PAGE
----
Pursuing a toxic agenda: Environmental injustice in the early Trump administration

Read the full story from the The Environmental Data & Governance Initiative.

Environmental justice (EJ) is at the nexus of many issues and institutions the Trump administration has promised to dismantle—climate science, environmental protections, and industrial regulation. “Pursuing a Toxic Agenda” shows how the Trump administration has already reversed decades of environmental justice work, including hard-won progress under the Obama administration. In this report, we examine how the new administration’s policies, proposed budget cuts, stated priorities, and political appointments will increase toxic burdens on environmentally impacted communities, including communities living near hazardous industrial facilities, and farmworkers at risk of pesticide exposure.

Specifically, EDGI identifies:

  • Increased environmental risks for low-income communities from the Trump administration’s:
  • Support for the Dakota Access Pipeline
  • Reversal of a ban on the agricultural pesticide, chlorpyrifos, which is known to cause developmental damage in children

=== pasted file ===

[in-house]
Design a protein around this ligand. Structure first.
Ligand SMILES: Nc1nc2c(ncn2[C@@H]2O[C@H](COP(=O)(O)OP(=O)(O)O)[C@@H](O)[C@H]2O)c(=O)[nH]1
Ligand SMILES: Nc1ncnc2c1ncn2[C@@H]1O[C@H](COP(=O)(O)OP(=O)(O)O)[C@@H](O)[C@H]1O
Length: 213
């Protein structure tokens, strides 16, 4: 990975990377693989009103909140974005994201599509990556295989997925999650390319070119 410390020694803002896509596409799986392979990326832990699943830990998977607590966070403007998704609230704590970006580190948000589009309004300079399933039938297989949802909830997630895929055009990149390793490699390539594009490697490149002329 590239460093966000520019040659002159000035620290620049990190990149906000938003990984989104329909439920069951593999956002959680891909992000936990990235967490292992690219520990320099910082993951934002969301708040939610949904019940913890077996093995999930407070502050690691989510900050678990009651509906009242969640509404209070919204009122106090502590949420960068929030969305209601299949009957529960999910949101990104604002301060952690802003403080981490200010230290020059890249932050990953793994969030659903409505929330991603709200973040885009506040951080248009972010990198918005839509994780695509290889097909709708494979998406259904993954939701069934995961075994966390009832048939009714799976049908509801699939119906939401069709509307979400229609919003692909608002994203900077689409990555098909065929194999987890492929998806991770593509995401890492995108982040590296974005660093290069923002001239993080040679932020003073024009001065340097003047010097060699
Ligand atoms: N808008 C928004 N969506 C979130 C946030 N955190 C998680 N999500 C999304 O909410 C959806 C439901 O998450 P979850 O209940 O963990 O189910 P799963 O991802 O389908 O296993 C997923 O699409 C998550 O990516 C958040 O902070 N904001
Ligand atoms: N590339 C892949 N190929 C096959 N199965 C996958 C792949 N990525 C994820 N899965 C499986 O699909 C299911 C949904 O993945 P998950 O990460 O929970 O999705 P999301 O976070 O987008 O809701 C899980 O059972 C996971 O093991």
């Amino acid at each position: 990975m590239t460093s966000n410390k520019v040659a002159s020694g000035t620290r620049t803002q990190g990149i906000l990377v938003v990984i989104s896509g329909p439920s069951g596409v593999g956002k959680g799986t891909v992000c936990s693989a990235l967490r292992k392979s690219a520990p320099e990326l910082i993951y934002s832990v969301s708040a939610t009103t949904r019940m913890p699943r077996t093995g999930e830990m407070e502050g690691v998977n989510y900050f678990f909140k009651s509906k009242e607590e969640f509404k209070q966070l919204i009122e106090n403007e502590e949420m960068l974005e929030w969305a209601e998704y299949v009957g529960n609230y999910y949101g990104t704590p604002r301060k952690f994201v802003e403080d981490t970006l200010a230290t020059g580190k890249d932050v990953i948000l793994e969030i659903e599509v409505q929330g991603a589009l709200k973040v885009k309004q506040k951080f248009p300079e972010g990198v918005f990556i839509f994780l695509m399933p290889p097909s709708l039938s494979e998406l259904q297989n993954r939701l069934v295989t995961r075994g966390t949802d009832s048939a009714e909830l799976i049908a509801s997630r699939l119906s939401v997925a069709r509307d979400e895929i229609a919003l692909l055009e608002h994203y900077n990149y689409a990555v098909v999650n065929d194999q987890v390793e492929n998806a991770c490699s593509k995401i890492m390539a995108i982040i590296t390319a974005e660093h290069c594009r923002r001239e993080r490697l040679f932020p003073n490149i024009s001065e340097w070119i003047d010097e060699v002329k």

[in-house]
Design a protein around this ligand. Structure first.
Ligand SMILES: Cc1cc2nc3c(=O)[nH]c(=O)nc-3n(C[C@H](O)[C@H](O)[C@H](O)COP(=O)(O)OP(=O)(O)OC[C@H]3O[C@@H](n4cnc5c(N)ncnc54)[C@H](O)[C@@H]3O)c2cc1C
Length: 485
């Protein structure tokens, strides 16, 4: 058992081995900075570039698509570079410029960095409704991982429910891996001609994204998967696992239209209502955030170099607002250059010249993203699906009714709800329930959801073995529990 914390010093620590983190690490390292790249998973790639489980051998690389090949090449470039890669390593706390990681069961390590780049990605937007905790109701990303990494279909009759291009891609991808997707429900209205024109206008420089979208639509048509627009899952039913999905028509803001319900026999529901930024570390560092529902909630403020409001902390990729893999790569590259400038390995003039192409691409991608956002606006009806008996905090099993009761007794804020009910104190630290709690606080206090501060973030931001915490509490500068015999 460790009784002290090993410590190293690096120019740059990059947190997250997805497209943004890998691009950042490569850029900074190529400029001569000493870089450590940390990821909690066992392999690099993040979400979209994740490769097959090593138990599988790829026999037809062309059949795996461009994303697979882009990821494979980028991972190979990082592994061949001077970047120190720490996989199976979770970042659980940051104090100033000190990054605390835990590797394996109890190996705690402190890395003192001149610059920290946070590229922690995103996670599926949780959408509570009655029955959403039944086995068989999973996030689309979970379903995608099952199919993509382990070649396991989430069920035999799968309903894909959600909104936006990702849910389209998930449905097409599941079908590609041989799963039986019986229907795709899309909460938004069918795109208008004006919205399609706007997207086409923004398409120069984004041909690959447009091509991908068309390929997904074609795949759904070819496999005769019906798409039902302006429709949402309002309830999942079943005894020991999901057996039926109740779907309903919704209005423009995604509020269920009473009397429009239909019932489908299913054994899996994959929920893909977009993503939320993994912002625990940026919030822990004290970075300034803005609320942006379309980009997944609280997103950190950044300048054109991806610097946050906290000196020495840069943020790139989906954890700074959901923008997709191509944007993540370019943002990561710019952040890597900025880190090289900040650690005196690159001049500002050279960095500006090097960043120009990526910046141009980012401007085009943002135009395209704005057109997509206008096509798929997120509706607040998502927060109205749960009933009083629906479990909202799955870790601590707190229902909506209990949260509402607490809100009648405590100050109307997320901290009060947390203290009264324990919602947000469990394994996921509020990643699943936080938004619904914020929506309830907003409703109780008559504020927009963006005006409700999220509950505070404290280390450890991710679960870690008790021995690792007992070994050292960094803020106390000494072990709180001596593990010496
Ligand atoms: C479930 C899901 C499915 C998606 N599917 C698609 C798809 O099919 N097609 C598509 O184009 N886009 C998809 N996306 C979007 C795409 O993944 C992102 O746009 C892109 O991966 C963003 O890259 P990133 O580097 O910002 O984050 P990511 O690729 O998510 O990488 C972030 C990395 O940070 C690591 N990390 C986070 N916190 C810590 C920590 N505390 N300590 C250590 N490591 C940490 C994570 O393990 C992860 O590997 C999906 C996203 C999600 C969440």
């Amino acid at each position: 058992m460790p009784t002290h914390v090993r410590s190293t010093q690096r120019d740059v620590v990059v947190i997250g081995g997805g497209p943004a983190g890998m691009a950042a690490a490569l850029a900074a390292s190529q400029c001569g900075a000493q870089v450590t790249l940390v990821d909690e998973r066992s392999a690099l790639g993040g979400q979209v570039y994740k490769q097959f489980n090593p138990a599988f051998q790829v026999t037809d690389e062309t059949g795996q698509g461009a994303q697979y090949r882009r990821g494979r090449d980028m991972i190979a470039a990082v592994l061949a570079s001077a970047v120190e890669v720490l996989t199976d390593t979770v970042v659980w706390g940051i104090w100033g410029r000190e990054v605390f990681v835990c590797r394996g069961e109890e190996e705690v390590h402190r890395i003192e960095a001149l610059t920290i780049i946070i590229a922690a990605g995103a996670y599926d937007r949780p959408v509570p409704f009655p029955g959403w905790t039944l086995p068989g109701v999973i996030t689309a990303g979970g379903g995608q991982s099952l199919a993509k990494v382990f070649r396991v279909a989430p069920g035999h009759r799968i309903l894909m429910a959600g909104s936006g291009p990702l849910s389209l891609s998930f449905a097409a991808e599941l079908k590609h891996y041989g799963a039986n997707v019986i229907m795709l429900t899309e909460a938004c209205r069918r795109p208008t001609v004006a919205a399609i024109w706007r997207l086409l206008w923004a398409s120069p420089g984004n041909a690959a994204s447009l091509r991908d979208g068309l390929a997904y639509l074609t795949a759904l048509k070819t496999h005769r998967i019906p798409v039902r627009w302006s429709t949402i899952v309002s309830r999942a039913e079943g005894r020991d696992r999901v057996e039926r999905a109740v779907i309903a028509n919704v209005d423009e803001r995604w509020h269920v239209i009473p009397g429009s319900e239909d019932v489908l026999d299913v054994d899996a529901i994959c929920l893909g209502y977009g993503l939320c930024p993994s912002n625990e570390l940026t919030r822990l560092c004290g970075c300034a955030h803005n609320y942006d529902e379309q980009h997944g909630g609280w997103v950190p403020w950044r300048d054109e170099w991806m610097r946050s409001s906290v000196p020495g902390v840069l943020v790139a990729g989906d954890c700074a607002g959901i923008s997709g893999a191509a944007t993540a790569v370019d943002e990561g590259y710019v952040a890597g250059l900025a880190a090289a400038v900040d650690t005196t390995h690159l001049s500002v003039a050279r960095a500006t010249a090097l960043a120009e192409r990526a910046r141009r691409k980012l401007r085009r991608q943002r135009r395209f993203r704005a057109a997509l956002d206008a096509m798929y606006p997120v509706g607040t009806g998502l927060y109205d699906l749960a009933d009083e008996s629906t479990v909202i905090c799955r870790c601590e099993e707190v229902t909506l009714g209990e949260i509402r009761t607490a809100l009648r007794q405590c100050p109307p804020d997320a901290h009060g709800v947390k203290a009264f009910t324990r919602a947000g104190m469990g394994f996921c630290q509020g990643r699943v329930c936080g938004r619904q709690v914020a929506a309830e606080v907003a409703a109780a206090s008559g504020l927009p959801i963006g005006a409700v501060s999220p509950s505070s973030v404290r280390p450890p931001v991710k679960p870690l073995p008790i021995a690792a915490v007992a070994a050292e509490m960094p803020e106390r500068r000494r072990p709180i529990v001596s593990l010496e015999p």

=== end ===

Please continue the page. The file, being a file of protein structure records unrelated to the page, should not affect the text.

• Changes to workplace safety regulations
  • Dismantled environmental protections through:
  • Weakened lead remediation and education programs
  • Reduced funding for toxic cleanups
  • Rollbacks in environmental data collection and access, necessary in struggles for environmental justice, by:
  • Limiting access to toxic emissions data
  • Cuts in funding and staff for toxics research and communication infrastructure

The Trump administration has not only moved to limit publicly available data on environmental contaminants and risks, it also restricted public feedback on rules relating to toxics. Through proposed budget cuts and personnel reductions at agencies like EPA, including the proposed elimination of the EPA’s Office of Environmental Justice, the new administration has crippled the government’s ability to address environmental problems, including inequalities in toxic exposure. Rather—as Hurricane Harvey recently made excruciatingly clear—U.S. environmental agencies and organizations need more resources and support to address the inevitable, and inevitably unequal, effects of climate change and other environmental disasters.

Author: Laura B.

I'm the Illinois Sustainable Technology Center's Sustainability Information Curator, which is a fancy way of saying embedded librarian. I'm also Executive Director of the Great Lakes Regional Pollution Prevention Roundtable. When not writing for Environmental News Bits, I'm an avid reader. Visit Laura's Reads to see what I'm currently reading.

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